Bear with me. I have a particular tree, or three, in mind.
Forewarning: I’ve yet to escape the pull of Michael Pollan’s Second Nature, which, for a Thoreau reader, appeals like catnip. Every x pages – pick a prime number – there he is, usually, as figure to contend with, but wearing too a scarf of written affection.
In particular, I’ve been taken by Pollan’s chapter on planting a tree, which, he hopes, will cast a positive reminder of his presence over the land where he lives in Cornwall, CT. His chosen tree is a Norway Maple, into which he is talked when his first choice, a Sugar (or rock) Maple, is deemed risky because of broad assault on it by the pear thrip, a scourge boosted by our region’s warming. And the planting of this tree, meant, over time, to provide crowning grace to the land, is central to the chapter, but it is also a pretext for a series of ruminations on trees and how we view them. Here we enter Thoreau’s woods. And others.
Pollan’s large argument is for a reimagining of our relations with nature, for abandoning the polarity of nature versus culture, or wilderness versus civilization. Excluding or trumpeting one in favor of the other leads invariably to trouble, he says, to an overemphasis, which unbalances us all in our cities and in our woods. Better, he says, to look to the tilled garden as an example of how we may live as part of/in concert with Nature. I think here also of the annual garden at Thoreau Farm.
And here Pollan is, I think, not as far from Thoreau as he says. Pollan likes to cast Thoreau as a wilderness zealot, a Romantic tree-hugger. But, even given some of his wild statements (“I wish to make an extreme statement, if so I may make an emphatic one…” Walking), Henry Thoreau lived in the margin, (“For my part, I feel that with regard to Nature I live a sort of border life…” Walking) lived between town and wild, and he made much of that middle ground, which, when you think of it that way, sounds like a sort of gardening, an arrangement to work with Nature, to make choices and take responsibility for them. His rows of writing are the crop of that middle ground, and surely, they partake of both Nature and culture; they are its hybrid.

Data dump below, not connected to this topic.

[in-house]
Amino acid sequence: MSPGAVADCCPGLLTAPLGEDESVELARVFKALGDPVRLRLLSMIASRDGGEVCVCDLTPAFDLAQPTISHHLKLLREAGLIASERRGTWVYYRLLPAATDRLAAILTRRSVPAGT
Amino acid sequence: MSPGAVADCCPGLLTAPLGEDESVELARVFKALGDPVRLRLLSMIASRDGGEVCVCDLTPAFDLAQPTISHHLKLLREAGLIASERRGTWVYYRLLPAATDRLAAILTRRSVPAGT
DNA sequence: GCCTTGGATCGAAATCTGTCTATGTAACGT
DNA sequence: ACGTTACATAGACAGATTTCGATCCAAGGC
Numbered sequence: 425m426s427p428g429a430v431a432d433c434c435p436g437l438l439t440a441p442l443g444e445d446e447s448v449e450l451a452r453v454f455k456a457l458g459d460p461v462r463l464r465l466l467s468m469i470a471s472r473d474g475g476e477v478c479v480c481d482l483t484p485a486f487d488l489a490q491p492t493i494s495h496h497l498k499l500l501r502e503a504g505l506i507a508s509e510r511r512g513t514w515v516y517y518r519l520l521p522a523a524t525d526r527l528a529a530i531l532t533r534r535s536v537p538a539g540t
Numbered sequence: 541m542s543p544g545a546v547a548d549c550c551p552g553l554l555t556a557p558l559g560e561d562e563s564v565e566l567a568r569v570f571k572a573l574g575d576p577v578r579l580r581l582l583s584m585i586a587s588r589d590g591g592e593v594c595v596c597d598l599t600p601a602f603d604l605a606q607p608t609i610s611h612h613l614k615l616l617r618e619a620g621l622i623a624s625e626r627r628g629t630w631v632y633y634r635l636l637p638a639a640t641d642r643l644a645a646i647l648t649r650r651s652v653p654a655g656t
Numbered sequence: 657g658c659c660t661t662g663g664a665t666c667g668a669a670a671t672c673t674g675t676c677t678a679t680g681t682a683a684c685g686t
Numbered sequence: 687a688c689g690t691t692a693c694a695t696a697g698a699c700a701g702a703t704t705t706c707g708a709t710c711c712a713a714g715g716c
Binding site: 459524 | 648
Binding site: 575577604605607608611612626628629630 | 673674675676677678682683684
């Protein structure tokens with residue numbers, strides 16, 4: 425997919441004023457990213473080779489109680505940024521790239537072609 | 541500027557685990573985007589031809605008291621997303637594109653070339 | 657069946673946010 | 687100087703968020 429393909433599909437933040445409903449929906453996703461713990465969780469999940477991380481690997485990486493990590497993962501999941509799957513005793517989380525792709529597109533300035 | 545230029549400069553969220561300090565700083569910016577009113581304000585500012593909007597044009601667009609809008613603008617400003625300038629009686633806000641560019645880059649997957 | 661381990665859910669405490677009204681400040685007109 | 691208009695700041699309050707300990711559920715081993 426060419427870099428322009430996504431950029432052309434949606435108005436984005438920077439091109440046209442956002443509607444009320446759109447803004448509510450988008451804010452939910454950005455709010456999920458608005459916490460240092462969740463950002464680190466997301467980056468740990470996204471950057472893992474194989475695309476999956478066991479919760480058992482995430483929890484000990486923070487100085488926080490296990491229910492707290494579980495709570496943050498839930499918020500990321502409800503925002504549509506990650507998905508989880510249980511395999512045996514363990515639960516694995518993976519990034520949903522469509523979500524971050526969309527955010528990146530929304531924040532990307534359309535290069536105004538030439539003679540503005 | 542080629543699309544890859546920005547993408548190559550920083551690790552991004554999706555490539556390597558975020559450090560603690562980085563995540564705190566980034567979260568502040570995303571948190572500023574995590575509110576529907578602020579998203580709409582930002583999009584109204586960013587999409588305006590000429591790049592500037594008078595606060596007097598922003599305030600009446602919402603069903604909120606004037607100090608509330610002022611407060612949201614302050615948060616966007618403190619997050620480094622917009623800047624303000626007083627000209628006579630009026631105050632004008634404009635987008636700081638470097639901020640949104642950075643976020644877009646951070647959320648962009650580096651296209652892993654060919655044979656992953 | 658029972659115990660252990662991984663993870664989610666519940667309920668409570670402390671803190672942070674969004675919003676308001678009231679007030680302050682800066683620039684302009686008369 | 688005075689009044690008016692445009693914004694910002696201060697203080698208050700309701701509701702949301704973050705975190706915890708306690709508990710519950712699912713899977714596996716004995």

Which brings me to trees. Pollan likes to name trees of various eras, invoking our capacity (need?) for metaphor and forming general attitude toward what surrounds us, and so, in this tree chapter, we meet Puritan Tree, Colonial Tree, Romantic Tree, Political Tree. Each is valued and treated by human culture in a particular, often lumbering way. And, as he plants his maple, Pollan looks ahead, hoping for a reimagining of trees. Perhaps, he muses, we will have Lung or Canary Trees, named for their capacity to provide oxygen or let us know when things are amiss with climate. He finds those possibilities superior to Litigious Tree, citizen of a biocentric world, a tree with rights and standing to sue.
All of this reading and wondering has made me tree-aware, appreciative in an affectionate way, and that has sent me out the door to visit a White Pine that’s trailside on the way to our Commons. Each time I pass, I stop and run my hand over the rough corrugations of its bark, then lean in toward its trunk and look up: the pine obscures the sky; it seems to hold it up. And, as I lean there, balanced to its bulk, I hope that its tomorrow is like today – a little wind, a little snow, the company of the grove, and, in places, the warm hand of the sun. It is, I suppose, a Romantic Tree, but the day of hearts ahead is a conjury of human culture, and so perhaps the two balance each other.
Here’s to the trees in your lives; here, below, are some that I visit.